Students wear masks in classrooms, and will be asked to leave if they are not complying with the mask policies, Duran said, but some students will not wear a mask in the common areas of private residences, despite the requirement. 

“As students leave their room, once they enter a common space, like the hall, they are required to wear a mask, but oftentimes, they are reluctant to, since to them, they see it as their living space.” 

Jeremy Cashion, a second year student at Colorado College, tested positive for COVID-19 on Nov. 4. He was asymptomatic but got tested because one of his co-workers tested positive, Cashion said. 

Cashion is an RA in South Hall, one of three dorms that first-year students are required to live in. 

Cashion was quarantined in his room on campus — a single — for a day, he said. The school brought him a bag with three meals on the day he was quarantined, and that was going to be the plan for the duration of his 10-day isolation, but because Cashion was within driving distance of his home, he went home and completed his isolation there, he said. 

The school sectioned off certain single-person bathrooms based on where people tested positive, to separate students who had COVID-19 from the rest of the students living in the dorm, Cashion said.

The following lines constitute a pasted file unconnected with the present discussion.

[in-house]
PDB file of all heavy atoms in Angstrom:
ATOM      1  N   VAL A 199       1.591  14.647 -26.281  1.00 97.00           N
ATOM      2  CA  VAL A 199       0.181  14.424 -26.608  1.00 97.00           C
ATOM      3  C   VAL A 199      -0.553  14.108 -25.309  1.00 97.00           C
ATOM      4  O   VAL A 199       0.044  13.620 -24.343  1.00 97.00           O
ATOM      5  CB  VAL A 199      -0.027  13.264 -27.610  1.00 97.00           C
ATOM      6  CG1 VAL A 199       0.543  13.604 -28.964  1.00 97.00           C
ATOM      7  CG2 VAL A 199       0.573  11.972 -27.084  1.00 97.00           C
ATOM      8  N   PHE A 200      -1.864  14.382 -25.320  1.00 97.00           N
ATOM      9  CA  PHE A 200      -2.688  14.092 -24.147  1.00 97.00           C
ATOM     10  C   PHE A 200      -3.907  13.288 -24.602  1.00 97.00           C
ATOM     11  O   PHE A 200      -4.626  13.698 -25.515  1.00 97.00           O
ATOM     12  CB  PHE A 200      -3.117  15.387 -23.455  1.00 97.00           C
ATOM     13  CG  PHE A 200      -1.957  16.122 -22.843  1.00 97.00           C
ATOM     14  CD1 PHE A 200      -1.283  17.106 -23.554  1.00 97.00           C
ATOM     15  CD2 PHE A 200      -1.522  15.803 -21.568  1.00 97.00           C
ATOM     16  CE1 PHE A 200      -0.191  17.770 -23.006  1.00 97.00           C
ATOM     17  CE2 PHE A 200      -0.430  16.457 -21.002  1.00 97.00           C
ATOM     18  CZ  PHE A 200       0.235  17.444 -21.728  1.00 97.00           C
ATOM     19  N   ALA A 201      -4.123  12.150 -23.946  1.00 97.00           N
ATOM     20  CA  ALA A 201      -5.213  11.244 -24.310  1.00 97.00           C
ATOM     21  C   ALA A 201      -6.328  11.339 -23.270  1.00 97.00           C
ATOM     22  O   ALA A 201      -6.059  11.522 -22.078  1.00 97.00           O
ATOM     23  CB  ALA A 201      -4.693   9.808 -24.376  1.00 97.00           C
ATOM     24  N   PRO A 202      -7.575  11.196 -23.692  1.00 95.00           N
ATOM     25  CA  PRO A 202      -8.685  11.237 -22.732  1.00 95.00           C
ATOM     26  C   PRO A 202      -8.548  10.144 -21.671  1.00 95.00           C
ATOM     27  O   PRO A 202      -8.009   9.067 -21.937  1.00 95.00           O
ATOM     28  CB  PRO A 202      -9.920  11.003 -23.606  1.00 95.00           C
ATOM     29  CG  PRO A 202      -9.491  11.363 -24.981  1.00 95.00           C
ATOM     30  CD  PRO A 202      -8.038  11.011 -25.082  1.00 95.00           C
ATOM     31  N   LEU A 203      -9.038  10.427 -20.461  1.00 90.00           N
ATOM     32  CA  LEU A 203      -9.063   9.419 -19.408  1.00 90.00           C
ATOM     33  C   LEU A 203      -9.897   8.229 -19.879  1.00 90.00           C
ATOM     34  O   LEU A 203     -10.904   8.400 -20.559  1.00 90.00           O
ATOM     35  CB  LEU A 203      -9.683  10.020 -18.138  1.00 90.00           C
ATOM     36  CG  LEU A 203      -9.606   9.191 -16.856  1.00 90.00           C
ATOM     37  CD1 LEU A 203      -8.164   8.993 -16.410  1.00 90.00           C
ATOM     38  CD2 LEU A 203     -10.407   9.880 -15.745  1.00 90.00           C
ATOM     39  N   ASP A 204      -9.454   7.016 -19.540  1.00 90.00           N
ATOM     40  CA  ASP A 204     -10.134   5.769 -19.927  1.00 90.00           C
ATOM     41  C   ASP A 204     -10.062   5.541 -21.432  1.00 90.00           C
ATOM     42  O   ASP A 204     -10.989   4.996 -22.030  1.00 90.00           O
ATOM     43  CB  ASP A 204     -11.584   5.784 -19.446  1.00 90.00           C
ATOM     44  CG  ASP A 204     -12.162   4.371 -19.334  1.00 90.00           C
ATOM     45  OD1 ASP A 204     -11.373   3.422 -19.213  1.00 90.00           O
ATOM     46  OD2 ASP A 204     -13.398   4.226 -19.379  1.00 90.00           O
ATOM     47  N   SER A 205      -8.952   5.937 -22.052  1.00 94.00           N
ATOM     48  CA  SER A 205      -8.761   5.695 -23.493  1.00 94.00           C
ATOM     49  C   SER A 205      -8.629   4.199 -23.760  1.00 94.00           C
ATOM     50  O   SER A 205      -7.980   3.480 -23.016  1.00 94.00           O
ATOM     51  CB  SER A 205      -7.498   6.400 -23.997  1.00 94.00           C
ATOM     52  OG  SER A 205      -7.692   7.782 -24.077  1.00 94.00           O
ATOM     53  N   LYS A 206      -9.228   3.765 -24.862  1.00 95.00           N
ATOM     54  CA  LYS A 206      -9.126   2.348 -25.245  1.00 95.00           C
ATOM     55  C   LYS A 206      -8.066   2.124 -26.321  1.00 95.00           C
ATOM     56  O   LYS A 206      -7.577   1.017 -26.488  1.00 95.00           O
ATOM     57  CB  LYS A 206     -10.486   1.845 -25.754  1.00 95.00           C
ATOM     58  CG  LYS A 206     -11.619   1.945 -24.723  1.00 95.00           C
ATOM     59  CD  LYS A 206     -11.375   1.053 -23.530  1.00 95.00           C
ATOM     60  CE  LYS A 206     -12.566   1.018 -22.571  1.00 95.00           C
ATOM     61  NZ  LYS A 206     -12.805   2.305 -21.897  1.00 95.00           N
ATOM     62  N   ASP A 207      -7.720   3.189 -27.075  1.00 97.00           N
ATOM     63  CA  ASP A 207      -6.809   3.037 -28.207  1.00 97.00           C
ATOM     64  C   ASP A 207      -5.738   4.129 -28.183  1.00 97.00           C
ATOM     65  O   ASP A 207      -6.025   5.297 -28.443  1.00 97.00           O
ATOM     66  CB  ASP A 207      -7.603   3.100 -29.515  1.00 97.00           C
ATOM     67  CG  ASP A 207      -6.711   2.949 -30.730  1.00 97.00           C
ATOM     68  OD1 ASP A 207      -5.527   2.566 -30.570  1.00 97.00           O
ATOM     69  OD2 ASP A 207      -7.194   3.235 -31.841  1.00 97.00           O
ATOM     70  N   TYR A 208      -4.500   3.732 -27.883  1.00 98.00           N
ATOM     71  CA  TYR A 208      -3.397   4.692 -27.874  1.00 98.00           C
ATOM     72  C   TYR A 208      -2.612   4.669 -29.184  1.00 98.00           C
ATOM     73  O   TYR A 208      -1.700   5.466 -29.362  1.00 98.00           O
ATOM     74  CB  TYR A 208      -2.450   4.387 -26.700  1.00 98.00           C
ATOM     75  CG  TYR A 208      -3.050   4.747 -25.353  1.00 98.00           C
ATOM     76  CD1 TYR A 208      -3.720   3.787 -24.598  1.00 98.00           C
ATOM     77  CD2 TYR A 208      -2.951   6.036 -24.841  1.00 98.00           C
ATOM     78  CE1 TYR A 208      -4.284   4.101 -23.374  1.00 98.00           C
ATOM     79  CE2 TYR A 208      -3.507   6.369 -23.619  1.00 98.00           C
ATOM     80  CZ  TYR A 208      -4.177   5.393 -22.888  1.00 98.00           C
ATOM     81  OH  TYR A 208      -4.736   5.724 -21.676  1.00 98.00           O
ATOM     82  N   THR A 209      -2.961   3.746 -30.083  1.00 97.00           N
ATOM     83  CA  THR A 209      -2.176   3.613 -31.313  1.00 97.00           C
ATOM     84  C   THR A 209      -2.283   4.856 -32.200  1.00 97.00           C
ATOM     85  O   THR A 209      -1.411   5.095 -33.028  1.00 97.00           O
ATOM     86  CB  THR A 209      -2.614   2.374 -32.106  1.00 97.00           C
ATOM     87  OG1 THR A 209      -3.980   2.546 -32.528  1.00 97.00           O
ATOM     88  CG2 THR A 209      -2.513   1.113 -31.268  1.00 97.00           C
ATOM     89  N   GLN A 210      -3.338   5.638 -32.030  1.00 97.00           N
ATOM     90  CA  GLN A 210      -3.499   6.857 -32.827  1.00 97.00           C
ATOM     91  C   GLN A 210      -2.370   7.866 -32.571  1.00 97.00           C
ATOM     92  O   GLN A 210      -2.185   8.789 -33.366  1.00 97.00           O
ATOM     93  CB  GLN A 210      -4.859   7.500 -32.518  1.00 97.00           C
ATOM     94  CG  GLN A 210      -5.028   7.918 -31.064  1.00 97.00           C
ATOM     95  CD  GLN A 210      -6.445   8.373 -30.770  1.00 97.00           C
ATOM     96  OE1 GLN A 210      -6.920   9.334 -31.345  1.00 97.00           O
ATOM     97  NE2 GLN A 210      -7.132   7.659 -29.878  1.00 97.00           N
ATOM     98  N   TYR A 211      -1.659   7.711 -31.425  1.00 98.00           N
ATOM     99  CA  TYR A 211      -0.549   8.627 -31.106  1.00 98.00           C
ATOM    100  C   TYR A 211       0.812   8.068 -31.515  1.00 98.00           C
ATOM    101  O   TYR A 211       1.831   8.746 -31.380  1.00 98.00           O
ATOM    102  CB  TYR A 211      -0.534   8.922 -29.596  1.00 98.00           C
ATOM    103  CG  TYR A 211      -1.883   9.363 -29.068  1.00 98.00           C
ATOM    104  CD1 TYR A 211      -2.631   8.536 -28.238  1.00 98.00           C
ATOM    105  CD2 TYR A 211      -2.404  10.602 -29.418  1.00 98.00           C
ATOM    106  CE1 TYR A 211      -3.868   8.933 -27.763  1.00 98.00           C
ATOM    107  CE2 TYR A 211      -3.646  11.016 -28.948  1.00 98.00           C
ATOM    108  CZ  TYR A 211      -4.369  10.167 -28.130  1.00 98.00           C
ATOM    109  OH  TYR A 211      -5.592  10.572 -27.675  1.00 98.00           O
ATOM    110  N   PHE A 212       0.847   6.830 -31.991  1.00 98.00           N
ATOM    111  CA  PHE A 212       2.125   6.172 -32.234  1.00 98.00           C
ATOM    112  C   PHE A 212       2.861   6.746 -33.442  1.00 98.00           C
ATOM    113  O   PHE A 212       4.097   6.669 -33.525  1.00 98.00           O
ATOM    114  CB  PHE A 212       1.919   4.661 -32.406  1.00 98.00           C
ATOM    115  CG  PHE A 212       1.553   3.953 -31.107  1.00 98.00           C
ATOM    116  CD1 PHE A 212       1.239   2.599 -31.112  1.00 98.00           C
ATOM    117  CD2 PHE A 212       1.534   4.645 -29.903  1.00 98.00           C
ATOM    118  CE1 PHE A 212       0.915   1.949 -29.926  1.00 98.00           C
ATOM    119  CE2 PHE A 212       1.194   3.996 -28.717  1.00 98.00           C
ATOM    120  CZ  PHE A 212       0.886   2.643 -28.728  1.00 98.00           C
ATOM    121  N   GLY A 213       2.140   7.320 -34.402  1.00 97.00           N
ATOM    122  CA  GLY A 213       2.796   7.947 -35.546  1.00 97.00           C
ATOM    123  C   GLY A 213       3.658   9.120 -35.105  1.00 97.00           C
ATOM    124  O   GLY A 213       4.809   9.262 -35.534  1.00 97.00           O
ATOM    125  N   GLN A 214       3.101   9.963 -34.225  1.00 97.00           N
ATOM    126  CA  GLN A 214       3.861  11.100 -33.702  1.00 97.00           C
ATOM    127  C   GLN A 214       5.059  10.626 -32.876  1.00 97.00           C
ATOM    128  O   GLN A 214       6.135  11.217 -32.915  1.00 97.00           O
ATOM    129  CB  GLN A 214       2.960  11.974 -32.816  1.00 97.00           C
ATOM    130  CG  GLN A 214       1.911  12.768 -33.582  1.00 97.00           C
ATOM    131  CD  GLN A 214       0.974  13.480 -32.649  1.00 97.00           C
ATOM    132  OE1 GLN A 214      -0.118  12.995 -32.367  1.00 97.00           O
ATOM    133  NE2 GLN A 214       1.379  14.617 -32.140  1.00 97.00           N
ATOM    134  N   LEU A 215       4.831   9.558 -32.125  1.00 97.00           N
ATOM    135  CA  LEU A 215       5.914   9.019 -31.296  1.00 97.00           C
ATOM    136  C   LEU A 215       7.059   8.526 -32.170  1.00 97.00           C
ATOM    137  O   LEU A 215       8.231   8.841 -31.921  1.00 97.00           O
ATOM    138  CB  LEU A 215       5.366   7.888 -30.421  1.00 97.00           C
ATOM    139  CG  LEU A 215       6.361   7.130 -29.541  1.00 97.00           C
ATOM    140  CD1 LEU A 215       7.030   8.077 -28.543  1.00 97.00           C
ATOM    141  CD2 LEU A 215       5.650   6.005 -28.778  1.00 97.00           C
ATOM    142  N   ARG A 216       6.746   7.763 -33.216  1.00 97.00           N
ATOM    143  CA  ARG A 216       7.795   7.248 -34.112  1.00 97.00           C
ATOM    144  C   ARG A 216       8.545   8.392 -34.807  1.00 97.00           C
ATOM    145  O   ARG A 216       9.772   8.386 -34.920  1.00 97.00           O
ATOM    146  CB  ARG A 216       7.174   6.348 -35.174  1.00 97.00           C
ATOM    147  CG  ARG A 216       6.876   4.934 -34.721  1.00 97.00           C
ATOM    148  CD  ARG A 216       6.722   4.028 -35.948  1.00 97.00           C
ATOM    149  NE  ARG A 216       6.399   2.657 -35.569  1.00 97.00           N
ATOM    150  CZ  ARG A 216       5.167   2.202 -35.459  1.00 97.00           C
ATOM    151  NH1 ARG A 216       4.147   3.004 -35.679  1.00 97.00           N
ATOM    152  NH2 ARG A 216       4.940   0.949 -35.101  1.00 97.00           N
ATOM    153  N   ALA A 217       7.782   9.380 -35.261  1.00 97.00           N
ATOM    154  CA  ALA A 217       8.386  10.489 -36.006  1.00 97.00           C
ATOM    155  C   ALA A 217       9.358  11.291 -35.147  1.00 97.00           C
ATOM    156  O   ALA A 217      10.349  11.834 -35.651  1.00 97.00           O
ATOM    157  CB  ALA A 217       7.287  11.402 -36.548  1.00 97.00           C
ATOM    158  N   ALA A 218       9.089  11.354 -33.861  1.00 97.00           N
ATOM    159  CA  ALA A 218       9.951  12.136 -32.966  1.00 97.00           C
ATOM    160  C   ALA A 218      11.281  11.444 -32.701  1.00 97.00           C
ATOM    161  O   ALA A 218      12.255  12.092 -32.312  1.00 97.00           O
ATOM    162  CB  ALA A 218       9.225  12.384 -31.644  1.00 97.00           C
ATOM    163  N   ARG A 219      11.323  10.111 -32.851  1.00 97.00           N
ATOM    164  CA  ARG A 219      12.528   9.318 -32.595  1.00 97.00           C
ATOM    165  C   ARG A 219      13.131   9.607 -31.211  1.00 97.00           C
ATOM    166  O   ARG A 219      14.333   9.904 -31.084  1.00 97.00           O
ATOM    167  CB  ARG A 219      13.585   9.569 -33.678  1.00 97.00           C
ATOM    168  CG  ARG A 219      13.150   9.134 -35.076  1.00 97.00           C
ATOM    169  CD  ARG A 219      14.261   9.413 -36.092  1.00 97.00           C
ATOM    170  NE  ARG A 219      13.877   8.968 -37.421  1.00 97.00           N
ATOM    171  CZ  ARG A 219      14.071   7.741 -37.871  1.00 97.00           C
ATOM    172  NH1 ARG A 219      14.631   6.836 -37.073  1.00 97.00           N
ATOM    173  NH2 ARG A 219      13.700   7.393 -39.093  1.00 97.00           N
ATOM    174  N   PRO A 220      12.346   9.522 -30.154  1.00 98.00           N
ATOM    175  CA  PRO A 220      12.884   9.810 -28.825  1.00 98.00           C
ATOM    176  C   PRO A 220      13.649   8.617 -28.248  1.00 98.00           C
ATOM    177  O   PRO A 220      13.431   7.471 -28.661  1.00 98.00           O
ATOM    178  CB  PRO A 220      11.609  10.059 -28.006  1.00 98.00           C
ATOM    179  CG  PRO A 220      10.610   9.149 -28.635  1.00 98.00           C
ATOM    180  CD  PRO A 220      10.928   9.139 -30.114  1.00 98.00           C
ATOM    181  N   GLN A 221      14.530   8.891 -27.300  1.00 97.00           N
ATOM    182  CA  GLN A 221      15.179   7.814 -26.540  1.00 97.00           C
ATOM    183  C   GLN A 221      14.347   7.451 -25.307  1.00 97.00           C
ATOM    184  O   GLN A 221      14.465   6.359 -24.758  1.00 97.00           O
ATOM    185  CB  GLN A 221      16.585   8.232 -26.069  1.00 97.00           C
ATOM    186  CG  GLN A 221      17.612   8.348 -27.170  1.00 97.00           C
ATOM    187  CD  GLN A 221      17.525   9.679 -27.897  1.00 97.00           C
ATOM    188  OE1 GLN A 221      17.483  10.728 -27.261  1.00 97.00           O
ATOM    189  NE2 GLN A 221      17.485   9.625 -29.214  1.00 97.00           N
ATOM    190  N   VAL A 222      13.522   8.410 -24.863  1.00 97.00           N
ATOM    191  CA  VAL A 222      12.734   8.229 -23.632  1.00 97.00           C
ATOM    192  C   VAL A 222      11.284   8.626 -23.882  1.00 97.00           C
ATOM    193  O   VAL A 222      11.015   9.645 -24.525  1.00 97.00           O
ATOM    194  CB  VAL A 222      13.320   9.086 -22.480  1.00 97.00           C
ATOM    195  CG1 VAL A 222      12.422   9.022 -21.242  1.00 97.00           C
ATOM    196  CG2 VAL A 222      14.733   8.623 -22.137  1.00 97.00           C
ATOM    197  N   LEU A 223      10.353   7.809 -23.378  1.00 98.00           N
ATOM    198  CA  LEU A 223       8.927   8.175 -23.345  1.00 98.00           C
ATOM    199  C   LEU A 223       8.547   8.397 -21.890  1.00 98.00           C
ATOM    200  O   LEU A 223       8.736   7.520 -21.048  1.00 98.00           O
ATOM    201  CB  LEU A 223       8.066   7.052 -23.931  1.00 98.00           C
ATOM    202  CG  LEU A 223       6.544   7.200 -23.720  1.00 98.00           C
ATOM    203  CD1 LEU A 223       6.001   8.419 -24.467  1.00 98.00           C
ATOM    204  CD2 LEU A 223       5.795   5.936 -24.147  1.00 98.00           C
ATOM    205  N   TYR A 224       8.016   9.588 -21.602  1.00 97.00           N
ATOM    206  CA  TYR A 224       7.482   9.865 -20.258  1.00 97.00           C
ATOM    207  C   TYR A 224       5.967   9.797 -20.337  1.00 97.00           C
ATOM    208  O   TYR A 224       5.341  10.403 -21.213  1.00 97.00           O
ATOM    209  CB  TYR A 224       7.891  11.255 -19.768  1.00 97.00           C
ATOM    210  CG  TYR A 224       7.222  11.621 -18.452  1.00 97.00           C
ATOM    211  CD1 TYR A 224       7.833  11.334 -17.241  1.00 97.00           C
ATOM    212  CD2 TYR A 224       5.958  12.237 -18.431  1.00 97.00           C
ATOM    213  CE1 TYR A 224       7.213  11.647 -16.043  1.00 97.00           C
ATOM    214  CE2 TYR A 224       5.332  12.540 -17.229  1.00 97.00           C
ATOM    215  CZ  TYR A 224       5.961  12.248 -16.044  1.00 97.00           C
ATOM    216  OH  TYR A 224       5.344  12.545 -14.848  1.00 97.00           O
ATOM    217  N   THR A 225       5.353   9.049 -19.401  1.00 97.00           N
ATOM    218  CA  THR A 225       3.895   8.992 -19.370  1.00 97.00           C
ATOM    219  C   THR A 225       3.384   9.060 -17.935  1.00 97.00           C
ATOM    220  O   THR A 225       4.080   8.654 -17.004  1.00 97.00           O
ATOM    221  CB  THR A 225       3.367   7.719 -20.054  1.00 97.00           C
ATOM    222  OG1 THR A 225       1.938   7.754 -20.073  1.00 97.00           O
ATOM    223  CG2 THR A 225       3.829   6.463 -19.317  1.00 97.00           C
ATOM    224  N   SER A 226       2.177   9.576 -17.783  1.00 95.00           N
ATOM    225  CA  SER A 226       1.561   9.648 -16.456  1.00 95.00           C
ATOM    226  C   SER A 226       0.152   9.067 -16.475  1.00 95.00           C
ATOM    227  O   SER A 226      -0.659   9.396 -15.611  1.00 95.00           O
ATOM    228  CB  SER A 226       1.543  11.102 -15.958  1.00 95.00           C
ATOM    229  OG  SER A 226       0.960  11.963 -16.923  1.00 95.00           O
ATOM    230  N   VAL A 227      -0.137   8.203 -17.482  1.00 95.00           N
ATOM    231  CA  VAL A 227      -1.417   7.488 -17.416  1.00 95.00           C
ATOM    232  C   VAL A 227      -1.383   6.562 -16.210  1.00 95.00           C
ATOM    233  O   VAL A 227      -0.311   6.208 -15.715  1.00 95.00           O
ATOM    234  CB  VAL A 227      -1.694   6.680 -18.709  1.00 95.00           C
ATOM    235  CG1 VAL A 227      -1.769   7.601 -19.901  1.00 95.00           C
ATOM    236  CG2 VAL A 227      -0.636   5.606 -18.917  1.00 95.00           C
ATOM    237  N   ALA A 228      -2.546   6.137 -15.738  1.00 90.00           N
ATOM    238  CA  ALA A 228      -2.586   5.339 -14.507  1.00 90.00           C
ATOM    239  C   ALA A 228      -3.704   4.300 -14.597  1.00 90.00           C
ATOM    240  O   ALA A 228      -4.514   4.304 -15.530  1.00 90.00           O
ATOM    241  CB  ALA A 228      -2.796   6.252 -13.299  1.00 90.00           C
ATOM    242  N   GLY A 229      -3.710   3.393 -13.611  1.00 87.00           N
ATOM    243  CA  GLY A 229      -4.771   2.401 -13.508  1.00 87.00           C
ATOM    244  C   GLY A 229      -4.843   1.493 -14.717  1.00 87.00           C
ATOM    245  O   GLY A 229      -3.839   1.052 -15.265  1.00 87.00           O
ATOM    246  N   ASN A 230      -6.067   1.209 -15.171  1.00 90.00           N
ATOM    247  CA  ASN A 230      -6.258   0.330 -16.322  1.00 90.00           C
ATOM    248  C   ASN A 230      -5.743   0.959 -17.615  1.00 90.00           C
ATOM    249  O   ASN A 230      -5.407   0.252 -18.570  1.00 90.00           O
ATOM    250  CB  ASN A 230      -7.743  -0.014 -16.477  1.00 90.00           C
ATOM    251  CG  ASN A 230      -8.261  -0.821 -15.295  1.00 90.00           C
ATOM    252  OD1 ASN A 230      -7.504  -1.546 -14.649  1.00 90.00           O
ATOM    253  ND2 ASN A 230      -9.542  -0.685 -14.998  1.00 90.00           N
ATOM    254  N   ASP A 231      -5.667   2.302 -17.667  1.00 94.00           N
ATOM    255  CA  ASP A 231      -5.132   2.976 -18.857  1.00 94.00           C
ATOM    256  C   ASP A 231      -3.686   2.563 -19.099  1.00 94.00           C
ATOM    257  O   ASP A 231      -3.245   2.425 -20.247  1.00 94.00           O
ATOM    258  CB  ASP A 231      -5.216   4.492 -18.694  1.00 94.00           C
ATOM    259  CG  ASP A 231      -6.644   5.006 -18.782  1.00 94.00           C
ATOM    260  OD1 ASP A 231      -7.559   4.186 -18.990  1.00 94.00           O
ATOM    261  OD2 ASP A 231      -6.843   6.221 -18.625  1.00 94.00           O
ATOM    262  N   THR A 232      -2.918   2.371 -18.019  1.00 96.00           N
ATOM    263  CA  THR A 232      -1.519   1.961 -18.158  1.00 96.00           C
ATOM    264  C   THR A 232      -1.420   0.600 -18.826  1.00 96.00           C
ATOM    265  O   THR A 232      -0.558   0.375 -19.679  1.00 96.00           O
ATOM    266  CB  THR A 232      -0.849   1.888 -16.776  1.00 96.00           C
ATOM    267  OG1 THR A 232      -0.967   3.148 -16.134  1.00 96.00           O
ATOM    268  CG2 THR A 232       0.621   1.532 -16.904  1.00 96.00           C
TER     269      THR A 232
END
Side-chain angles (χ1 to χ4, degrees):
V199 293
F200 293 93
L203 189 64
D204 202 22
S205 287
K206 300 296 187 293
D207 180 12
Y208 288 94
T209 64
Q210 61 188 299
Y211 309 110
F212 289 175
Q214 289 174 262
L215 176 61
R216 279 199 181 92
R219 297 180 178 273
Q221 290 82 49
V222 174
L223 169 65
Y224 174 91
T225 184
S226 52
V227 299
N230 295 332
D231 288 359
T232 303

“There’s a very strong and very good pressure to wear masks when in classroom settings,” Cashion said. 

As an RA, Cashion said that trying to enforce the mask requirement has been one of the biggest challenges for residential life and residential experience this year. “There’s been a lot of conflicts between housing and students because there’s a very strong pushback against (the mask requirement) in residential spaces.” 

It would not surprise Cashion if either the Halloween parties or the hockey games were one of the causes of the increase in COVID-19 cases, he said.